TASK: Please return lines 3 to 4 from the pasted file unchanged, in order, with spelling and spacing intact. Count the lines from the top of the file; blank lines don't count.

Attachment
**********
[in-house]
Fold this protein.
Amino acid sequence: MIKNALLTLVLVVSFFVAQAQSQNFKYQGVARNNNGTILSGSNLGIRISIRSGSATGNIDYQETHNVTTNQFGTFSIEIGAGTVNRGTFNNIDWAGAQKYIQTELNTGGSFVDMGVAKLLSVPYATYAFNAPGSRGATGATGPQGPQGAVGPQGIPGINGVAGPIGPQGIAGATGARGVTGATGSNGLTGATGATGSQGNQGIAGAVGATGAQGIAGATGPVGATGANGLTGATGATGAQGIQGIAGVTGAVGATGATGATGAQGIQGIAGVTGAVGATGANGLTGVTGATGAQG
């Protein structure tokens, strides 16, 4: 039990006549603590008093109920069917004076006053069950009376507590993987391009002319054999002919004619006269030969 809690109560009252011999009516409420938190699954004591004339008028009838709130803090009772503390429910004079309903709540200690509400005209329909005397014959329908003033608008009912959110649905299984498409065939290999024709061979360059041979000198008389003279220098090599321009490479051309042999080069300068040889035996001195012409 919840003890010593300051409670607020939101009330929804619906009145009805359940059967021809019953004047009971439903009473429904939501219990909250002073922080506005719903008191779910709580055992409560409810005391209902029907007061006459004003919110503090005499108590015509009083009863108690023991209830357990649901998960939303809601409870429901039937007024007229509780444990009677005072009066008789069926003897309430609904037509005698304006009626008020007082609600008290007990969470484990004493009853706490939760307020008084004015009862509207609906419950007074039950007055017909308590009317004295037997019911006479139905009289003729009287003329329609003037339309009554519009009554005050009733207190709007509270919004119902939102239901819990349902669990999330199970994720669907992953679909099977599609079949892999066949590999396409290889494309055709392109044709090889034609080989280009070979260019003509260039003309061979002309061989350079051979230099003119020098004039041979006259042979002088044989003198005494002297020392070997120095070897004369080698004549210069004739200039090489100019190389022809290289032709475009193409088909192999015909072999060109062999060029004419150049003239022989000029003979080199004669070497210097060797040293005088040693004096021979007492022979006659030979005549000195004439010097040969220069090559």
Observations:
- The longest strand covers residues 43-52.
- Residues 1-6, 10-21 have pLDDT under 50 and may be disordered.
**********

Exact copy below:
Amino acid sequence: MIKNALLTLVLVVSFFVAQAQSQNFKYQGVARNNNGTILSGSNLGIRISIRSGSATGNIDYQETHNVTTNQFGTFSIEIGAGTVNRGTFNNIDWAGAQKYIQTELNTGGSFVDMGVAKLLSVPYATYAFNAPGSRGATGATGPQGPQGAVGPQGIPGINGVAGPIGPQGIAGATGARGVTGATGSNGLTGATGATGSQGNQGIAGAVGATGAQGIAGATGPVGATGANGLTGATGATGAQGIQGIAGVTGAVGATGATGATGAQGIQGIAGVTGAVGATGANGLTGVTGATGAQG
């Protein structure tokens, strides 16, 4: 039990006549603590008093109920069917004076006053069950009376507590993987391009002319054999002919004619006269030969 809690109560009252011999009516409420938190699954004591004339008028009838709130803090009772503390429910004079309903709540200690509400005209329909005397014959329908003033608008009912959110649905299984498409065939290999024709061979360059041979000198008389003279220098090599321009490479051309042999080069300068040889035996001195012409 919840003890010593300051409670607020939101009330929804619906009145009805359940059967021809019953004047009971439903009473429904939501219990909250002073922080506005719903008191779910709580055992409560409810005391209902029907007061006459004003919110503090005499108590015509009083009863108690023991209830357990649901998960939303809601409870429901039937007024007229509780444990009677005072009066008789069926003897309430609904037509005698304006009626008020007082609600008290007990969470484990004493009853706490939760307020008084004015009862509207609906419950007074039950007055017909308590009317004295037997019911006479139905009289003729009287003329329609003037339309009554519009009554005050009733207190709007509270919004119902939102239901819990349902669990999330199970994720669907992953679909099977599609079949892999066949590999396409290889494309055709392109044709090889034609080989280009070979260019003509260039003309061979002309061989350079051979230099003119020098004039041979006259042979002088044989003198005494002297020392070997120095070897004369080698004549210069004739200039090489100019190389022809290289032709475009193409088909192999015909072999060109062999060029004419150049003239022989000029003979080199004669070497210097060797040293005088040693004096021979007492022979006659030979005549000195004439010097040969220069090559």